Just 30 per cent of Britons feel that their religion or faith is important to them, according to the 2017 Ipsos MORI survey of global trends. That puts us at the bottom of the international table: only Swedes (29 per cent), Belgians (27 per cent) and the Japanese (22 per cent) are more secular than we are, according to this poll.
The global average, meanwhile, is 53 per cent. Muslim Indonesia heads the list with 93 per cent. Christian America is on 68 per cent, despite a recent slump in church attendance. (I’m always a bit suspicious of what Americans tell pollsters about their faith.) Even Australia – hardly a nation that flaunts its piety – is on 42 per cent.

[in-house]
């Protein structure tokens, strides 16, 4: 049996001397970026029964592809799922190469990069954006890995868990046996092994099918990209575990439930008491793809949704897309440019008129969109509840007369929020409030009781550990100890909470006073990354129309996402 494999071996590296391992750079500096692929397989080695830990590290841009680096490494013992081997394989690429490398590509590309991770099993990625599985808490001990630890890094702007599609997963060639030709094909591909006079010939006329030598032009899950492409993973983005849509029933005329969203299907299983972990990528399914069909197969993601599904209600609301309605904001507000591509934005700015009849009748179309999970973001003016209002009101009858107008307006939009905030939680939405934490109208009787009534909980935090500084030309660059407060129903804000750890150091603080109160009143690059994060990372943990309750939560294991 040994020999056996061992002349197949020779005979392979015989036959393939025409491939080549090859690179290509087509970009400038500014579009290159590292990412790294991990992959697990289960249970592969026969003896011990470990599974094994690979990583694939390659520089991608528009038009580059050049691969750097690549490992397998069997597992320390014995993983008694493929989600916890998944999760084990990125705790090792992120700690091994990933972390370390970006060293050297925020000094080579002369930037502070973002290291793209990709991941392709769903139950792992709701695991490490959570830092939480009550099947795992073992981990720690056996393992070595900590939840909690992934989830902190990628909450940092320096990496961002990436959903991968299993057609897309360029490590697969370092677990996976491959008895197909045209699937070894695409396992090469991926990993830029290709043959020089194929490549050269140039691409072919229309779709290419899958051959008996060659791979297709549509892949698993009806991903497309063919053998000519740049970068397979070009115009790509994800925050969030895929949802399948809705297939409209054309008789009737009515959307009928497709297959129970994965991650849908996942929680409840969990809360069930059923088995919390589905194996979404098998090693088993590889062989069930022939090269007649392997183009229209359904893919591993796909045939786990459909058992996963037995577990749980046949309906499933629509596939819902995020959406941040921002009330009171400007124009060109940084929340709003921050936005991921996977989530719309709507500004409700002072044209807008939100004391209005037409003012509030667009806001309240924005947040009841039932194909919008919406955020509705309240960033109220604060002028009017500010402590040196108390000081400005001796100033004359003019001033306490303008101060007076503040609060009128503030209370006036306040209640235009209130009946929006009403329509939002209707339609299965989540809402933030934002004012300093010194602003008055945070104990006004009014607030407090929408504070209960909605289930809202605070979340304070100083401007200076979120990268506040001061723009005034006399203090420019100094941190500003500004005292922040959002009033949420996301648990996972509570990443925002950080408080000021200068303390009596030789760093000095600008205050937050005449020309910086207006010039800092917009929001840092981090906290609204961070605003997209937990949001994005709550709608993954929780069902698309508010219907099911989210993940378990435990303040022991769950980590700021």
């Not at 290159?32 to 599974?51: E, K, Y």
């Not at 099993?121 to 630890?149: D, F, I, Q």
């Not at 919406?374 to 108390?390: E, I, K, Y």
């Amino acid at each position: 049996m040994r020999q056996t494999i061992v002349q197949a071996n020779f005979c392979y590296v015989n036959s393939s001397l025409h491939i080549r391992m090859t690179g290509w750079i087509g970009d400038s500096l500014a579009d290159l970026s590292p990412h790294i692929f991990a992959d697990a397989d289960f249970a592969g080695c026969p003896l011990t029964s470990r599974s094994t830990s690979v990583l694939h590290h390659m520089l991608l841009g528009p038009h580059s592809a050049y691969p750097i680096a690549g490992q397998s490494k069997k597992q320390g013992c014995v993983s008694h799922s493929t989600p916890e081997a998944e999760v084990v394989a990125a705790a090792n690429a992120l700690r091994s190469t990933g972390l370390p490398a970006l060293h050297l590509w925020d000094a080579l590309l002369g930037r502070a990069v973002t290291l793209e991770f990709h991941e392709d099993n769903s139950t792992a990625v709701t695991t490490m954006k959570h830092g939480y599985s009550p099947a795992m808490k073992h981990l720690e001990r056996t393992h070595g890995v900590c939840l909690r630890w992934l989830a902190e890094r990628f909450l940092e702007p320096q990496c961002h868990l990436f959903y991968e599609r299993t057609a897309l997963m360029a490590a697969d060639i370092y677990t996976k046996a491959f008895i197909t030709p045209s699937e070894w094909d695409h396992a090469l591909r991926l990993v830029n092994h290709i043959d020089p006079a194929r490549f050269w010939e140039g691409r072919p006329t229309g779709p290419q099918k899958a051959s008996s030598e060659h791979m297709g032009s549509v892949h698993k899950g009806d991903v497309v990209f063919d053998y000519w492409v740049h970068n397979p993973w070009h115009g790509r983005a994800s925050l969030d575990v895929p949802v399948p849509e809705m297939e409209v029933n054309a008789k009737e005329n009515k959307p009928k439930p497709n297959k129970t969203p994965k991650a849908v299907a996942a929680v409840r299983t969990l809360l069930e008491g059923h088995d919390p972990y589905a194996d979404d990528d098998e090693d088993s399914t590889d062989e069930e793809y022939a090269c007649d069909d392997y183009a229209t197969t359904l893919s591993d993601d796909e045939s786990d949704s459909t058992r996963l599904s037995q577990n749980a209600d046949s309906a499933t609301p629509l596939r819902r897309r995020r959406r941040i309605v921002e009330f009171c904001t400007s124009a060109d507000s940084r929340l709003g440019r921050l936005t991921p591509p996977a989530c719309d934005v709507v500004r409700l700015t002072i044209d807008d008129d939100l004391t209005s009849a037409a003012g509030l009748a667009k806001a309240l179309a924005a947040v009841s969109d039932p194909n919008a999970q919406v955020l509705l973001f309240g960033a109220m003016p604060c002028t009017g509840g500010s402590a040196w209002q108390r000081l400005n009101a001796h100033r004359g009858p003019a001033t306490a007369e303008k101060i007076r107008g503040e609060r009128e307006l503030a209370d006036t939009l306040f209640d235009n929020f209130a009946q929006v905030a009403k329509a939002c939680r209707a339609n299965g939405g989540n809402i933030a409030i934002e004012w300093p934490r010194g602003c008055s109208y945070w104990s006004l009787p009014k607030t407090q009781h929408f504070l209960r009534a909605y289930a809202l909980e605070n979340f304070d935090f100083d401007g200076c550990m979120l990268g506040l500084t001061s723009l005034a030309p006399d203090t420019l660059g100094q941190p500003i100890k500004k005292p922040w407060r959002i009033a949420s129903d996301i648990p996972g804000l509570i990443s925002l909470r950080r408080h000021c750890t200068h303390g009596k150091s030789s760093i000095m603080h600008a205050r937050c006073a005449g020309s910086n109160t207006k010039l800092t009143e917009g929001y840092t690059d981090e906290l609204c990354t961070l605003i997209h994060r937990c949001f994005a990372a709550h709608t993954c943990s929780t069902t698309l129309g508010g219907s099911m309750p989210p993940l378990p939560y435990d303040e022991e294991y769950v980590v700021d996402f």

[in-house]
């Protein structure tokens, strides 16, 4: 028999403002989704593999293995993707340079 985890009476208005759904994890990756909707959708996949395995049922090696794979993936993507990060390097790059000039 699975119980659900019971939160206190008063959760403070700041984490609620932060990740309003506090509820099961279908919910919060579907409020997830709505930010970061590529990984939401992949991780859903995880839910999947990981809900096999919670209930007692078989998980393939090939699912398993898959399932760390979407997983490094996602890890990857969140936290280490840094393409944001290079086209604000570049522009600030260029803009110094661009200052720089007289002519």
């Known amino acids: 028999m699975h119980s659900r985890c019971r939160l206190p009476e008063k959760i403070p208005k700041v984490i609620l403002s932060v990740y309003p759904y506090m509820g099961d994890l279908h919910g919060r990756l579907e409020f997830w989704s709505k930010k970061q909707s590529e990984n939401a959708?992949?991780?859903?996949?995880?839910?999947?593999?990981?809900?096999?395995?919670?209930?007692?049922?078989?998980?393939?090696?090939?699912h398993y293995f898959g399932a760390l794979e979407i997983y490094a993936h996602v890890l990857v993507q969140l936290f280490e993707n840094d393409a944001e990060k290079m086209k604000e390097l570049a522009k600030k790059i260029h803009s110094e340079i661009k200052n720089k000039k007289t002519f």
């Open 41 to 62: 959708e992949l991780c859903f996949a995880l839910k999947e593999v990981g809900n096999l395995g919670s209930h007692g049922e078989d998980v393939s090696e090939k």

In this week’s Holy Smoke podcast, Spectator editor Fraser Nelson joins Cristina Odone and me to discuss these findings. We reach three quite different conclusions – as you’ll hear when you listen to our lively exchange of views. But none of us thinks that the clock can be turned back, or that a large-scale Christian revival is a realistic prospect.
Meanwhile, bear in mind one thing. The 30 per cent of Britons who say their faith is important to them includes immigrants from profoundly religious countries. How secular would we be without them? Is it possible that Britons were never particularly religious and that, as one historian put it to me, “we’re far too busy worshipping ourselves to be a truly Christian country”?
You can listen to our discussion here:
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